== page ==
Shooting spores in Sandisfield woods

Wednesday September 19, 2012

SANDISFIELD -- Dianna Smith has an affinity for fungi. Her preferred edible is Crater ellus cornucopioides, more commonly known as the Black Trumpet mushroom.

"They are difficult to see, as they can look a bit like dead leaves," Smith explained. "They typically grow in moss."

The Black Trumpet is one of many mushrooms Smith, an amateur mycologist and an award-winning mushroom photographer, will teach people about, forage for and identify during a mushroom workshop hosted by the Sandisfield Arts Center on Saturday at 10:30 a.m.

Smith is president of the Connecticut-Westchester Mycological Association andeditor of The Mycophile, a bi-monthly publication of the North American Mycological Association. Hundreds of her mushroom photographs have appeared in recently published field guides in the U.S. and Britain, as well as in the new smart phone app of the Audubon Field Guide to Mush rooms of North America.

The workshop will begin with a brief talk, and the group will spend about 90 minutes scouring the nearby forest for both edible and non-edible mushrooms. Smith then will lead an identification and question-and-answer session at the arts center.

The mushroom discussion is the latest in the arts center's food-centric programming. Jean Atwater-Williams, president of the Sandisfield Arts Center Board of Directors, said they received a positive response to last years' discussions on the farm-to-table movement.

"We have talked about doing a mushroom program for a couple of years now," Atwater-Williams explained during a telephone interview. "There has been some interest in the locavore movement, and we have foodies who are regulars at the arts center."

Smith is a bit of a foodie herself.

"I like [Black Trumpet mushrooms] because they impart a smoky flavor and aroma to whatever dish I put them in," she said, praising her favorite fungi. "They are great with pasta, rice and eggs."

Smith, whose background in cludes doctoral studies in the history of science and technology in pre-modern China and Europe at Tufts, MIT and Harvard, has spent the past decade studying fungi with Gary Lincoff, author of the Audubon Society Field Guide to North American Mush rooms. She has a website dedicated to her spore-filled pursuits,, which includes her photography and other resources for budding mycologists.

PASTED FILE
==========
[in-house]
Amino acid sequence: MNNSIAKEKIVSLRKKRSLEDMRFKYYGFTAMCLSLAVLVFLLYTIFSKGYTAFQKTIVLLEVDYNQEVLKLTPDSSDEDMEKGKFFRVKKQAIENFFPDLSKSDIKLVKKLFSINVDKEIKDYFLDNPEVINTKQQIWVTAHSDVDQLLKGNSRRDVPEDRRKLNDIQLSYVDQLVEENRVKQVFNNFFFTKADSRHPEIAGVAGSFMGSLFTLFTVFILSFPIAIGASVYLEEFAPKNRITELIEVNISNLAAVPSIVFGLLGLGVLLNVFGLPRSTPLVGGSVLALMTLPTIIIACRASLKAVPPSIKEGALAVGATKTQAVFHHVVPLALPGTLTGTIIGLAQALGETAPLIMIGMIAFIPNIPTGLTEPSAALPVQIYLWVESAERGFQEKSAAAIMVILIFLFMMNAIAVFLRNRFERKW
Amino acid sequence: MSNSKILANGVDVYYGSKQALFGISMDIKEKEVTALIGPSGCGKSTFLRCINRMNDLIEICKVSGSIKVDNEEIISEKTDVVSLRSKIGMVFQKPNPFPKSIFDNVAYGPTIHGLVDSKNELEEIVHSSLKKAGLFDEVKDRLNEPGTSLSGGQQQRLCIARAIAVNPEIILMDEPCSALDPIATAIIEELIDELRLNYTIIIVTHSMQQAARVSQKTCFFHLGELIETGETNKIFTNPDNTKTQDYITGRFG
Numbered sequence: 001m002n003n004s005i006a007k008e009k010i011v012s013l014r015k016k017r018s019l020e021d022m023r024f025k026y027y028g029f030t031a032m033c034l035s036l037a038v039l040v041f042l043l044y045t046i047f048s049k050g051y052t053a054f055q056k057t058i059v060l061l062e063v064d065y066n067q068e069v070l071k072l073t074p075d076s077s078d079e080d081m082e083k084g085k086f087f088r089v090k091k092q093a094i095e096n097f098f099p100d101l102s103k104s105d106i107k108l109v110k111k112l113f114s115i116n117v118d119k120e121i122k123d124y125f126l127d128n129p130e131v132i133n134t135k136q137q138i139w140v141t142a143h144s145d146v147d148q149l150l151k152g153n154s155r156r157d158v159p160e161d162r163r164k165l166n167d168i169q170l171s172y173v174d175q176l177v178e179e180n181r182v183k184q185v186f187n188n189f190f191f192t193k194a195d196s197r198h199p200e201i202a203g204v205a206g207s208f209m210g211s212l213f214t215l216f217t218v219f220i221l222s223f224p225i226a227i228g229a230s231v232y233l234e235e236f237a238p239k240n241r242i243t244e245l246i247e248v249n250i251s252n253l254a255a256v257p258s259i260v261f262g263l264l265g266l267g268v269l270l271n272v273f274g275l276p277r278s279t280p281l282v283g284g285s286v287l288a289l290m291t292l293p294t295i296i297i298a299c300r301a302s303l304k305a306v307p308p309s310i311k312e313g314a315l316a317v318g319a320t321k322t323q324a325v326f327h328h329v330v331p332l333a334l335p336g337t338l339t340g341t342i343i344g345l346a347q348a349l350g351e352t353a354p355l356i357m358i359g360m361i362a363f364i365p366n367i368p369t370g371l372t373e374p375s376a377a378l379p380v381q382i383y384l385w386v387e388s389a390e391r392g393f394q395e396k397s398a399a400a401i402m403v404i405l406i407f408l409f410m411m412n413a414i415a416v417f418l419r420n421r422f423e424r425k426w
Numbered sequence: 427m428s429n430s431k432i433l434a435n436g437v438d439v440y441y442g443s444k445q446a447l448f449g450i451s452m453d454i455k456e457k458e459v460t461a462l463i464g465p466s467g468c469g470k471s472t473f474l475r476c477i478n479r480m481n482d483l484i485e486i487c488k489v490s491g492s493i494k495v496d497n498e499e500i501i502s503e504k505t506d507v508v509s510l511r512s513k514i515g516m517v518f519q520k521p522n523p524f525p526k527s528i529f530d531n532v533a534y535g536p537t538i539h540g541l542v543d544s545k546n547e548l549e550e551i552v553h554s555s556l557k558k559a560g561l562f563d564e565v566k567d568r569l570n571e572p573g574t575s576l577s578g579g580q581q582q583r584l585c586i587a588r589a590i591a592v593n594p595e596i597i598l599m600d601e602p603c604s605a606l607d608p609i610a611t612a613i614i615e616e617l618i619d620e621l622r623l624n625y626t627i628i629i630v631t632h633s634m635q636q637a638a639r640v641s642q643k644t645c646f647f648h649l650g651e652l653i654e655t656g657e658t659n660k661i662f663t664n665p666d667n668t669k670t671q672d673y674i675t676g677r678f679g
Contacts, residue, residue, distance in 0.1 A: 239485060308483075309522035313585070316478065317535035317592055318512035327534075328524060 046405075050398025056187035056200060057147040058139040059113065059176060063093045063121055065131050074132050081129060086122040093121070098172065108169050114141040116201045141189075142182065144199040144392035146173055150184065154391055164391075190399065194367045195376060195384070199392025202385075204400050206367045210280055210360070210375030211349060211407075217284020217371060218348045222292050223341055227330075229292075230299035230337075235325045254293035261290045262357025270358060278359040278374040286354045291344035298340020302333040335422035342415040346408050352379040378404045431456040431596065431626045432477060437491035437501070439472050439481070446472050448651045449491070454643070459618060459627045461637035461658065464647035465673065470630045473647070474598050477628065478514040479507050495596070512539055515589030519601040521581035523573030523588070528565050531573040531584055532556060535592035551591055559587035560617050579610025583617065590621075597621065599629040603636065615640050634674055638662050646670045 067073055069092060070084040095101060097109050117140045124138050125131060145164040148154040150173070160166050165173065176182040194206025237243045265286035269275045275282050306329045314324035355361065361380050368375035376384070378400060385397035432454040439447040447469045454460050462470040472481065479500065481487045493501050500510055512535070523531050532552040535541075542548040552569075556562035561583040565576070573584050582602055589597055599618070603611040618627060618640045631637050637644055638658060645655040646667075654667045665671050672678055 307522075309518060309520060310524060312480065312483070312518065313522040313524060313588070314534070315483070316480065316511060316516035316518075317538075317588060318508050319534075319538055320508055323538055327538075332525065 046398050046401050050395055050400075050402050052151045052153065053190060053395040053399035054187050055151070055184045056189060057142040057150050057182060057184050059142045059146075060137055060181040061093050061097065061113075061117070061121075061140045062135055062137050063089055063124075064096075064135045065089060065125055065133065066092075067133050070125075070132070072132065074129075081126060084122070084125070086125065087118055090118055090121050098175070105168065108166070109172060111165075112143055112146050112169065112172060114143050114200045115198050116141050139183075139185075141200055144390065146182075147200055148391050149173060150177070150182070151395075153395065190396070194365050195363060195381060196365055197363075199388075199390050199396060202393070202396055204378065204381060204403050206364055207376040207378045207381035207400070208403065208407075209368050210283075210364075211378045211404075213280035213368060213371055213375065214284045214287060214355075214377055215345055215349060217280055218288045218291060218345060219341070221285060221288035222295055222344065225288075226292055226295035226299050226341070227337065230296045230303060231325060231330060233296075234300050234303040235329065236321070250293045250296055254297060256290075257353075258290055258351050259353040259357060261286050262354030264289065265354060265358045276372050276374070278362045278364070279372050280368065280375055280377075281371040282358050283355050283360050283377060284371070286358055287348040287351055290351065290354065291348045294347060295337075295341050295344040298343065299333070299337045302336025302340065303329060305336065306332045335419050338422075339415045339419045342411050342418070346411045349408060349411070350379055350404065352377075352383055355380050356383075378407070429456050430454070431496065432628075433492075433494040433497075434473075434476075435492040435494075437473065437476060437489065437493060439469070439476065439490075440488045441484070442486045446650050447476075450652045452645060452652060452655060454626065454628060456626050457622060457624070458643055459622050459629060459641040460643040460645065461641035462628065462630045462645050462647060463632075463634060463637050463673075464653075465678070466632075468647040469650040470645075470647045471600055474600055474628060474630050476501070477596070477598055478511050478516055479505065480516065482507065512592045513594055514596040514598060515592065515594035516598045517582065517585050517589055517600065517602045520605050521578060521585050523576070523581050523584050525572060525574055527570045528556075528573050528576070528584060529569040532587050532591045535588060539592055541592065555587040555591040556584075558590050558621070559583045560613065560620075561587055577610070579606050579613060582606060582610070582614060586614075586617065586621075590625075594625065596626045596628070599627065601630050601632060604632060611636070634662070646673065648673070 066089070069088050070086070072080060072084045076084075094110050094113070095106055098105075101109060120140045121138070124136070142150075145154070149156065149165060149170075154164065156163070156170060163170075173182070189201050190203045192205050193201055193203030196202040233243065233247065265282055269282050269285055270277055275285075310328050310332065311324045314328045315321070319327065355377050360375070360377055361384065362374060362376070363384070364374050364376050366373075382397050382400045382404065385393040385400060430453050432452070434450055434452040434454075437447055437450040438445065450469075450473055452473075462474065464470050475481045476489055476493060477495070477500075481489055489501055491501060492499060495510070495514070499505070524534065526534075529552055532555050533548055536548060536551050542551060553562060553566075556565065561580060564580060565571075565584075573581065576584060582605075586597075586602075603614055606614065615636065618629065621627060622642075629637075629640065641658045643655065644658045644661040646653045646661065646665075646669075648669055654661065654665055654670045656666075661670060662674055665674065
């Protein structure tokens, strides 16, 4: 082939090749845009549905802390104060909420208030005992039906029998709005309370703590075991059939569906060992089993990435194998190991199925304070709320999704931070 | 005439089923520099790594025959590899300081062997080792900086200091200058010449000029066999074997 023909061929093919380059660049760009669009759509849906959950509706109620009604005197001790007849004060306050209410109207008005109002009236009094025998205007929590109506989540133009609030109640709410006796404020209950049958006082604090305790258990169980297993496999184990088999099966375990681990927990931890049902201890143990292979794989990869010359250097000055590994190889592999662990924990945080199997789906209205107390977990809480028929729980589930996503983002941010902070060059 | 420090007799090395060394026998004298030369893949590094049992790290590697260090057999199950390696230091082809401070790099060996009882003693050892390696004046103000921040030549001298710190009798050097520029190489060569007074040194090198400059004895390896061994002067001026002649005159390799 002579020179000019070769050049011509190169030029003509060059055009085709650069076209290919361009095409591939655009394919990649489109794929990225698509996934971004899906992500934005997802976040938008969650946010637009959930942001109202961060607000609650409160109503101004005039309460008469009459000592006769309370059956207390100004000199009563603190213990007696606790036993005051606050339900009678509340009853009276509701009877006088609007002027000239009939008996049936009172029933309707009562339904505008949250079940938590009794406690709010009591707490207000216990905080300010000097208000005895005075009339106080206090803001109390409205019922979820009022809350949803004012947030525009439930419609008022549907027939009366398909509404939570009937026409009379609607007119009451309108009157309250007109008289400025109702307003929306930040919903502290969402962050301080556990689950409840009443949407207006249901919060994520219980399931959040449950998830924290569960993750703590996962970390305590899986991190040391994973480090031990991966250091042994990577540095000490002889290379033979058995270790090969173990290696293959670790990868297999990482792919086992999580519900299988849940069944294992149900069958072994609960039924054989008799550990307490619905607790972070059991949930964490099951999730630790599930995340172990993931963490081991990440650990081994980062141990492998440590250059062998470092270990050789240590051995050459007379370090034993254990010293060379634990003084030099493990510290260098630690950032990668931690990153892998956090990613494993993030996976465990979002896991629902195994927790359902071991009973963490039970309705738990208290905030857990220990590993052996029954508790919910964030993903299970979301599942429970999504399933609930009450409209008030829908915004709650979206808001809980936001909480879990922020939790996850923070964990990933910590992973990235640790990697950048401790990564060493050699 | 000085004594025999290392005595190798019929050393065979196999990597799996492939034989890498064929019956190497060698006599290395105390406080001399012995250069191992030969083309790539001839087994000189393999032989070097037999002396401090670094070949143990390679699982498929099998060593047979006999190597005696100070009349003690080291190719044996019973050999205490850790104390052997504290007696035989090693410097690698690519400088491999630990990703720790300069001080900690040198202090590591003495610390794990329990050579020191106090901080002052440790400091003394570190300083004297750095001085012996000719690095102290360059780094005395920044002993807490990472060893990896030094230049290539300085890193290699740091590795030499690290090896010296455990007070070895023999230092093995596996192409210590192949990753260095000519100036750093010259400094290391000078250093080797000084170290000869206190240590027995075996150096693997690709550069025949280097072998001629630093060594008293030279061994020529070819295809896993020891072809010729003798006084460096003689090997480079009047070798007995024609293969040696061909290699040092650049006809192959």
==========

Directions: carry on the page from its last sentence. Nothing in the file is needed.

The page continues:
There are more than 100 types of edible mushrooms in the Berkshires, but Smith said most foragers seek and eat about 30 varieties. But with more than 600 different fungi in the Berkshires, Smith, as well as a number of other seasoned mushroom foragers who maintain websites, stressed the importance of identifying mushrooms properly before eating them.

"Even experienced collectors can and do make mistakes in identification," she said.

An identification gaffe -- and swallowing a poisonous mushroom -- can lead at least to illness. The severity of illness, Smith said, depends on "how much was consumed, and even whether or not the meal was accompanied by wine."

A few extremely toxic mushrooms can cause permanent liver damage and/or death.

"So I say, ‘Don't play Russian Roulette with your life or anyone else's.' If there is any doubt about a mushroom's edibility, then throw it out," she cautioned.

Smith's presentation is for novice and fervent foragers alike of all ages and designed to help people correctly identify mushrooms, based on their location and appearance.

I expect people will leave knowing a lot more about the roles that fungi play in maintaining the health of our planet," Smith said. "They will also gain a deeper appreciation of these unique organisms, which have their own kingdom."

Her presentation in Sandis field marks the first time she has lead a foraging in Massa chusetts. In November, Smith said she hopes to establish a mycology club in the North ampton area, where she is relocating from West chester County, N.Y.

Meanwhile, Smith welcomes inquires from budding mycologists about edibles. To help facilitate identification, she will need a few details, though.

"I will usually be able to give you useful information, provided the photo is in focus and shows the spore-producing surface, the top of the fruiting body," she said. "I also will need to know [where the fungus was attached] and what trees it is growing under."

When it comes to mushrooms, meticulousness is a must.

Carrie Saldo can be reached via her website,


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